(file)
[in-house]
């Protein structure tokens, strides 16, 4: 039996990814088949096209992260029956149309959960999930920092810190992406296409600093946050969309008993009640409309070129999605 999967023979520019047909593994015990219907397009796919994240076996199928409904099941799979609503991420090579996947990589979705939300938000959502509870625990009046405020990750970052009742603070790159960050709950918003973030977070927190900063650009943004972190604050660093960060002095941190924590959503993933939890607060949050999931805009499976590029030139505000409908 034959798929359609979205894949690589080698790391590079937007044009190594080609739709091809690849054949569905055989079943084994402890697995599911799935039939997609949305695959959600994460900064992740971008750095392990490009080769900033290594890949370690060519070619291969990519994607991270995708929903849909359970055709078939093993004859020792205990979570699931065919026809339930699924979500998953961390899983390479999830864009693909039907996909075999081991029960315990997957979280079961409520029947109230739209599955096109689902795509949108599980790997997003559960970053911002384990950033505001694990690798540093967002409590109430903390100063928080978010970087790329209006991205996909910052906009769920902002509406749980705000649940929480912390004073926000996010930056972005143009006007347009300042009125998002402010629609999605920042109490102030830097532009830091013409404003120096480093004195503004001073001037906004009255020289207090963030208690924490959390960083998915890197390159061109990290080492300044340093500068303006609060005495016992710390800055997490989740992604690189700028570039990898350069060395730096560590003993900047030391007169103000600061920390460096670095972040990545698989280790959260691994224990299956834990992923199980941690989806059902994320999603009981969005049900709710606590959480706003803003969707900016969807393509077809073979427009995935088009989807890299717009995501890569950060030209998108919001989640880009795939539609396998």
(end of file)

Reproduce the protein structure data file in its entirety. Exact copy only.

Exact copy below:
[in-house]
């Protein structure tokens, strides 16, 4: 039996990814088949096209992260029956149309959960999930920092810190992406296409600093946050969309008993009640409309070129999605 999967023979520019047909593994015990219907397009796919994240076996199928409904099941799979609503991420090579996947990589979705939300938000959502509870625990009046405020990750970052009742603070790159960050709950918003973030977070927190900063650009943004972190604050660093960060002095941190924590959503993933939890607060949050999931805009499976590029030139505000409908 034959798929359609979205894949690589080698790391590079937007044009190594080609739709091809690849054949569905055989079943084994402890697995599911799935039939997609949305695959959600994460900064992740971008750095392990490009080769900033290594890949370690060519070619291969990519994607991270995708929903849909359970055709078939093993004859020792205990979570699931065919026809339930699924979500998953961390899983390479999830864009693909039907996909075999081991029960315990997957979280079961409520029947109230739209599955096109689902795509949108599980790997997003559960970053911002384990950033505001694990690798540093967002409590109430903390100063928080978010970087790329209006991205996909910052906009769920902002509406749980705000649940929480912390004073926000996010930056972005143009006007347009300042009125998002402010629609999605920042109490102030830097532009830091013409404003120096480093004195503004001073001037906004009255020289207090963030208690924490959390960083998915890197390159061109990290080492300044340093500068303006609060005495016992710390800055997490989740992604690189700028570039990898350069060395730096560590003993900047030391007169103000600061920390460096670095972040990545698989280790959260691994224990299956834990992923199980941690989806059902994320999603009981969005049900709710606590959480706003803003969707900016969807393509077809073979427009995935088009989807890299717009995501890569950060030209998108919001989640880009795939539609396998």